I never drove on the winding mountain roads in the Himalayas. When we went to the UK after our term in Bhutan, I decided to refresh my driving skills and enrolled for driving lessons. We were living in The Pilgrim Lodge, The Leprosy Mission House in Kew Gardens, on Ennerdale Road, one of the roads parallel to the Gardens .

The instructor, Mr. Davidson, an elderly Brit, used to drive up and we would get into his car with dual manuals , one for him and one for me. He was quite relaxed on the smaller less crowded roads. But when we tried my driving skills on the main arterial roads, he sat upright, watching the road.

You will drive me to drink, he would say, rolling his eyes upwards and clutching his heart.

Unfortunately the lessons, did not culminate in us buying a car at the end of the course.  We were too poor, as PG students, to put anything with four wheels on the road.

When we returned to Chennai , we had a red open Top, Toyota Gypsy, that I used to drive all over town. When my friend and Med School classmate, Roma moved to The Officers Training Academy in St Thomas Mount with her husband Clayton, we were living in the Defence Colony close by. We met almost every day as the Red Gypsy, used to turn into the OTA, even when there was no one at the wheel. We had a riot, painting the town red, for all the glorious years that Clayton was posted to Chennai.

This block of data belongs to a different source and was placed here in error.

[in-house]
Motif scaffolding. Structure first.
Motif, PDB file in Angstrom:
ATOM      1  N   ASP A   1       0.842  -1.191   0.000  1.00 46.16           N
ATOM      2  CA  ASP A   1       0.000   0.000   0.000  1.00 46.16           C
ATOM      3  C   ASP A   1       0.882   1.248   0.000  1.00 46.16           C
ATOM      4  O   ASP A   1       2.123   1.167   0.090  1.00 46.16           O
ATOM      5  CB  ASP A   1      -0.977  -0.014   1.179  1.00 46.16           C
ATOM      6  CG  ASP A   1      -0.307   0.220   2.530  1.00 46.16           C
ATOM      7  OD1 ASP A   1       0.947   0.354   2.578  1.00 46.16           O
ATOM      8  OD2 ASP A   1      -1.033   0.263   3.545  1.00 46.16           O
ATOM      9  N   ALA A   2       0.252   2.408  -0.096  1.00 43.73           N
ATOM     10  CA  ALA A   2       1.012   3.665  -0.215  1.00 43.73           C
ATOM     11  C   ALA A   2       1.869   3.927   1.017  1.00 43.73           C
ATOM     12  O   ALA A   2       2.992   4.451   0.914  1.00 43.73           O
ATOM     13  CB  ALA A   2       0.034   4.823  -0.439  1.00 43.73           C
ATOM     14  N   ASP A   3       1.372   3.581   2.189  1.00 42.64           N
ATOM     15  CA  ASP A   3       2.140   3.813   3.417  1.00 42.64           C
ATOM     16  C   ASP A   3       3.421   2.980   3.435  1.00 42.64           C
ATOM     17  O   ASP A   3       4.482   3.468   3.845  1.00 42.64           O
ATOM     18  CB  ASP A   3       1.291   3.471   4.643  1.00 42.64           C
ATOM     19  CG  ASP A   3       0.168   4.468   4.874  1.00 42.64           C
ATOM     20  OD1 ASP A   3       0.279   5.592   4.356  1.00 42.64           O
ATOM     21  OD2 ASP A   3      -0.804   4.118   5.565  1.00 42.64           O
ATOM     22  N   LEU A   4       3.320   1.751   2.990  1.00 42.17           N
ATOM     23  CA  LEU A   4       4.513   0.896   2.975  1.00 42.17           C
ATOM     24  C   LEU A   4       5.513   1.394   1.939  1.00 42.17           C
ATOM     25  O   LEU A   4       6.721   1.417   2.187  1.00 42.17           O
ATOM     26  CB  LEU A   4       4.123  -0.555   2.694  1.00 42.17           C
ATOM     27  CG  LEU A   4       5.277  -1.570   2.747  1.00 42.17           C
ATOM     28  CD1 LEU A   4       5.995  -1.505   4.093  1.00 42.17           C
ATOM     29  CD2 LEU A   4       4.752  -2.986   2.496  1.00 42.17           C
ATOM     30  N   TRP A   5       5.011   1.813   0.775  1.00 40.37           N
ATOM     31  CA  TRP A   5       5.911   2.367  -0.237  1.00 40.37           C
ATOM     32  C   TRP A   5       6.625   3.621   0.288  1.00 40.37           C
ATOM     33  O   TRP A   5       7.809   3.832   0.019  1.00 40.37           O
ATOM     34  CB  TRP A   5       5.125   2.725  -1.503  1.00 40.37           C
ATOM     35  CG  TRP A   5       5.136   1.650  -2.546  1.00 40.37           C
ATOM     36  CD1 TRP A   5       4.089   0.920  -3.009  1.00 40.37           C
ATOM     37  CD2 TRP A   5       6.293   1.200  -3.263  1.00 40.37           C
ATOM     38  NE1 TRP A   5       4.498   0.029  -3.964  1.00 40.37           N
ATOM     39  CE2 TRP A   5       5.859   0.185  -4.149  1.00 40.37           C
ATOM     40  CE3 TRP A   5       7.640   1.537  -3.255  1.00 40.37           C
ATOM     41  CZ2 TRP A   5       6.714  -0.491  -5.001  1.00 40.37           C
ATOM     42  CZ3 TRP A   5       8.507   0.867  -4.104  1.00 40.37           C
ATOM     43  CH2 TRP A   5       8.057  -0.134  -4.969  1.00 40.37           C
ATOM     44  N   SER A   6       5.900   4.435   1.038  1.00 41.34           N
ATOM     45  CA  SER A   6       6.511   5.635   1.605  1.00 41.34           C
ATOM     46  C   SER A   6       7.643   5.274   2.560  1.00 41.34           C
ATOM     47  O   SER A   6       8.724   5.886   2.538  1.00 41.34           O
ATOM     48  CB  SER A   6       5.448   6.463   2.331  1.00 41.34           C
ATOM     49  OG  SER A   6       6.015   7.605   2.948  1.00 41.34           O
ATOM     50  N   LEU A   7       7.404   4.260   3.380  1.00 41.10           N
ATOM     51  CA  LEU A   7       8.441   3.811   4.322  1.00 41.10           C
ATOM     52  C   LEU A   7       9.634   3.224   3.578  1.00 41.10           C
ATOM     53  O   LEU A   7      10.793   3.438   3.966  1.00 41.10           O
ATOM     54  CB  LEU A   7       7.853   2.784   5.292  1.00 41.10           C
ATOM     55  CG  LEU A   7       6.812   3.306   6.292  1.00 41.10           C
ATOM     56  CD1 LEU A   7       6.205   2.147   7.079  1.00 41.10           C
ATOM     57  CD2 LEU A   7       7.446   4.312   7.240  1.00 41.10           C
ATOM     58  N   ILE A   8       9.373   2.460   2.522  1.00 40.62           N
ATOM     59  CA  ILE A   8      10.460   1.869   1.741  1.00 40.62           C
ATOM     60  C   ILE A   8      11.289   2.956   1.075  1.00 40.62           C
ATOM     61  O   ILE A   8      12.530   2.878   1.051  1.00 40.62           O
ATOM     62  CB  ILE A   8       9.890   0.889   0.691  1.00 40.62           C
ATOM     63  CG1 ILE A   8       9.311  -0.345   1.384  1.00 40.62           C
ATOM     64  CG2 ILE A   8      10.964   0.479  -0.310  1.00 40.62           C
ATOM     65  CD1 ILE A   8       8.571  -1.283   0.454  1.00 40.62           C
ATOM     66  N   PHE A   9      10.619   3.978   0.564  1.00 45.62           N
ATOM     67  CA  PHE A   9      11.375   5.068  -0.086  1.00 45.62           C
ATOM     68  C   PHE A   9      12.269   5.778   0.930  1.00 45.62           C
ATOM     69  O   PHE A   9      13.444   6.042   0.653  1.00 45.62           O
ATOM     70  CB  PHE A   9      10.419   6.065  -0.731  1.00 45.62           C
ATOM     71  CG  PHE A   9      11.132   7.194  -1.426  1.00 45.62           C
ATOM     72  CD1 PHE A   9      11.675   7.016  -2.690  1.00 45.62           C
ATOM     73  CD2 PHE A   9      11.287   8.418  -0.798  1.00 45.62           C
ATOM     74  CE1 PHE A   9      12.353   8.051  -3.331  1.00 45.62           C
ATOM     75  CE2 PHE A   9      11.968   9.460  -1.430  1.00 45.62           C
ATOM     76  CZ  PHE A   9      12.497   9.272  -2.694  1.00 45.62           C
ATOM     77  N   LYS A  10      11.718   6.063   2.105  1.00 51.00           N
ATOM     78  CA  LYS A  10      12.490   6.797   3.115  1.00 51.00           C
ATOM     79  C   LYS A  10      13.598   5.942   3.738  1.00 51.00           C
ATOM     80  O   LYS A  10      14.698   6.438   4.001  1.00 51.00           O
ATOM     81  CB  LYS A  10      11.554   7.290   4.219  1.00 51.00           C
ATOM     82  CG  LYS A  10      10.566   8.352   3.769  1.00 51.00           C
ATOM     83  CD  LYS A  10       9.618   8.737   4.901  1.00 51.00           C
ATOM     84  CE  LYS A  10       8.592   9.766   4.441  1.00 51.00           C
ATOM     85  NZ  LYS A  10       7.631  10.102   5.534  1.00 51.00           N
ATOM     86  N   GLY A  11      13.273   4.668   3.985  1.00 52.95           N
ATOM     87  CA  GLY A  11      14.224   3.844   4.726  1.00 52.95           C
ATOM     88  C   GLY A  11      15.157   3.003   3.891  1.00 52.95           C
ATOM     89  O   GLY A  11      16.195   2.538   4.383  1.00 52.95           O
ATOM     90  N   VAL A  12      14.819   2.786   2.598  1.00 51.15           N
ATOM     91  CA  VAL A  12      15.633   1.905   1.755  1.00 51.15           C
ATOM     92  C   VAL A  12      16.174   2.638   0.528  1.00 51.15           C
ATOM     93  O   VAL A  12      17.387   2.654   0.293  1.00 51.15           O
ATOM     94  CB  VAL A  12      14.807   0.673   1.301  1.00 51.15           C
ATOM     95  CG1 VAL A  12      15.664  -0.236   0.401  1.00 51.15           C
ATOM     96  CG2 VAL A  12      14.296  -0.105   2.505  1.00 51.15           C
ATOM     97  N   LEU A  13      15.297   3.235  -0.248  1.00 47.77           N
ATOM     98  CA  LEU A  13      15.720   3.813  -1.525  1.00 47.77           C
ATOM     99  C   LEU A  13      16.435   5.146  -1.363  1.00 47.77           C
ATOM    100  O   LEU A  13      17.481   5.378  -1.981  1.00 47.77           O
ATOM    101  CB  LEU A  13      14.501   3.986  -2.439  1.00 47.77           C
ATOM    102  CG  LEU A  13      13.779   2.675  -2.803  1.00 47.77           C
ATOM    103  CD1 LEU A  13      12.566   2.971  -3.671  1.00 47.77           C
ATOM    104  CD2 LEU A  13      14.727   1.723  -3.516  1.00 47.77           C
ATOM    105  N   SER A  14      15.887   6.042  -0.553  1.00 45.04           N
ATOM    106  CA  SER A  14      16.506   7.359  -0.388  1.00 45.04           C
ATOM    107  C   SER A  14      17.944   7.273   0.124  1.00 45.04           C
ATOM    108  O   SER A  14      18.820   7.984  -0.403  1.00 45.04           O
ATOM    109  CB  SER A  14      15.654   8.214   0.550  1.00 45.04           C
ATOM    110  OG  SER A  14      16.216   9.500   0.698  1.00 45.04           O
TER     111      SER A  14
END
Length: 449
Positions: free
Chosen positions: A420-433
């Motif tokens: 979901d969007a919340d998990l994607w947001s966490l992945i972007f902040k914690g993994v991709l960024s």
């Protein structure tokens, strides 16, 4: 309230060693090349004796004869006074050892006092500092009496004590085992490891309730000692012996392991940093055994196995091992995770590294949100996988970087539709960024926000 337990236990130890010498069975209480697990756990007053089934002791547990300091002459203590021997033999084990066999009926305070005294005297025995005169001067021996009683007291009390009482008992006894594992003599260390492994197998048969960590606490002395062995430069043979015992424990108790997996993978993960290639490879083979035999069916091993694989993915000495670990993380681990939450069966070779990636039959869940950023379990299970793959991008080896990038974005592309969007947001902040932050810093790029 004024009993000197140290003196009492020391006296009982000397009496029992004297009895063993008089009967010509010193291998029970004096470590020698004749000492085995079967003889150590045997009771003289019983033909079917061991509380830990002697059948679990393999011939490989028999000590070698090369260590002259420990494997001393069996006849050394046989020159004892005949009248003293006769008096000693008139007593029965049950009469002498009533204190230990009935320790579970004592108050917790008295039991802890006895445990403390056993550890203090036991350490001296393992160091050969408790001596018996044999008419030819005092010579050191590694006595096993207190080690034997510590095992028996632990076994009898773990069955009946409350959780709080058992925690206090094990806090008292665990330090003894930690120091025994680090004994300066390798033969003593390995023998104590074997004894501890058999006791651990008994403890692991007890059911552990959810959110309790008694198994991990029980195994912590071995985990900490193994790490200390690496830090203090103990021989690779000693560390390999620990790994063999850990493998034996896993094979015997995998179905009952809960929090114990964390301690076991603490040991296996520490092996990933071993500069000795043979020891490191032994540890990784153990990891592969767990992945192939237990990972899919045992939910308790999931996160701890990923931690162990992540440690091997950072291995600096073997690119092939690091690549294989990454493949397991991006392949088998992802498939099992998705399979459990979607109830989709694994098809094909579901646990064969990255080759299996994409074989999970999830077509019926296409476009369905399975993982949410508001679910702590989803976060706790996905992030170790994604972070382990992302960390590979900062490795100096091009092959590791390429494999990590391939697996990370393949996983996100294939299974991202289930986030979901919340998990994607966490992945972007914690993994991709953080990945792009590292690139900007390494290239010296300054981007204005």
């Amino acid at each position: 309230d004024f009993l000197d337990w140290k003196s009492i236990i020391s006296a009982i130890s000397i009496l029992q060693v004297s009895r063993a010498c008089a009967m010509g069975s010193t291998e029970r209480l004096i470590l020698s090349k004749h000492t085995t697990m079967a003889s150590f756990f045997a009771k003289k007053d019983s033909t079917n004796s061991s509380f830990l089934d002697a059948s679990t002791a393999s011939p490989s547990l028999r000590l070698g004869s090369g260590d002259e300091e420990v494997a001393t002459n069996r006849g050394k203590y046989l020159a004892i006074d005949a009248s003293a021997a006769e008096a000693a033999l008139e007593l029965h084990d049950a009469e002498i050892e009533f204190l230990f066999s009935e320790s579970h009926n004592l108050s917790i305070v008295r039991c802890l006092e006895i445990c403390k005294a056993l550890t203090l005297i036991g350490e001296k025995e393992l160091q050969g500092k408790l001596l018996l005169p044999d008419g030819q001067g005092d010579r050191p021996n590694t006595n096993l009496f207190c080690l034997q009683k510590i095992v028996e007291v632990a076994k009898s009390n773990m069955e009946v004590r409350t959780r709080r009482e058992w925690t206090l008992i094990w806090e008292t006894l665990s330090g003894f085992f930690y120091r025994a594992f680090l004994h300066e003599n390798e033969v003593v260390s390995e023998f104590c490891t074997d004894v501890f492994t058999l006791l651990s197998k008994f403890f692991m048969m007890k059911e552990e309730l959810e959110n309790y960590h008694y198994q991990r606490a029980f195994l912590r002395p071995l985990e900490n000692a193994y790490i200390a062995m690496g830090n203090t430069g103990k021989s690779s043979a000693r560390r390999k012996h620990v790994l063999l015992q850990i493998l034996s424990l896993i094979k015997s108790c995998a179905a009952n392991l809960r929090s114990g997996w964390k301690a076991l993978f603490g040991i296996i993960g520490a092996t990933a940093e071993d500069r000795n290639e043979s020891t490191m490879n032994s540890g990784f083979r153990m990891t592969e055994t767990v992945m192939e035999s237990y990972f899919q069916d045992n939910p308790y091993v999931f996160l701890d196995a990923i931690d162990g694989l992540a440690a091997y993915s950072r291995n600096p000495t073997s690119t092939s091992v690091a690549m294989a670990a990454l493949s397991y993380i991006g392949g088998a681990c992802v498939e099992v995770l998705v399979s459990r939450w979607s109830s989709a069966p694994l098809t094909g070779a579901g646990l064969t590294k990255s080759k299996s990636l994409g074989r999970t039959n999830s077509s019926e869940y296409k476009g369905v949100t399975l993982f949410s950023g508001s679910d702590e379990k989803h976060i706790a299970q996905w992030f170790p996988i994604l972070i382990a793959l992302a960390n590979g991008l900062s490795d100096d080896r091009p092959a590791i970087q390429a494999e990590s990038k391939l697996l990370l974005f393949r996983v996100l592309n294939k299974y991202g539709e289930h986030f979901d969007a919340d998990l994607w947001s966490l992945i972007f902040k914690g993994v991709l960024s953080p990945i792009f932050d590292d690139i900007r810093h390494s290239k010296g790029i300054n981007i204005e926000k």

Once,  when I went to drop her off at the OTA, after a shopping spree in town , we were laughing so much,  that I did not notice a ditch behind us. I reversed and found myself stuck in the mud, balancing precariously at the edge of the ditch, with the back wheels in the ditch.  I revved the engine , to get out of the ditch and found myself in deeper trouble, with the front wheels lifting off, before my very eyes. I giggled, as Roma became more and more angry.  She was terrified and at a greater disadvantage, as she had a bird’s eye view of how the fiasco could end.

Shut up , you fool….She growled, through gritted teeth.

Hanging on to the front bonnet with all her might, a deeply agitated Roma shouted out to the Jawans training close by,  to come and help. Trained in the Indian army to do more hazardous tasks, it was a piece of cake for them, to get into the ditch, steady the vehicle and lift it up , with me inside, to safety.

I did not need any petrol to reach home that day. Roma’s verbal abuse , the hall mark of a deep and comfortable friendship propelled the Gypsy home,

Later when our elder Grandson Ashish was born, I drove a Zen. I have had 2 road accidents with me driving and one when I was a passenger in the back seat, with the Driver driving .

When I had the first accident, Rekha was sitting next to me in the front seat. It was around 7.30 at night and we were going home to Defence Colony from Nungambakkam, on a dimly lit street. On the Kodambakkam High Road there is a statue of Ambedkar ,erected on an Island, in the middle of the road. Just after the statue, the road turns imperceptibly, to the left.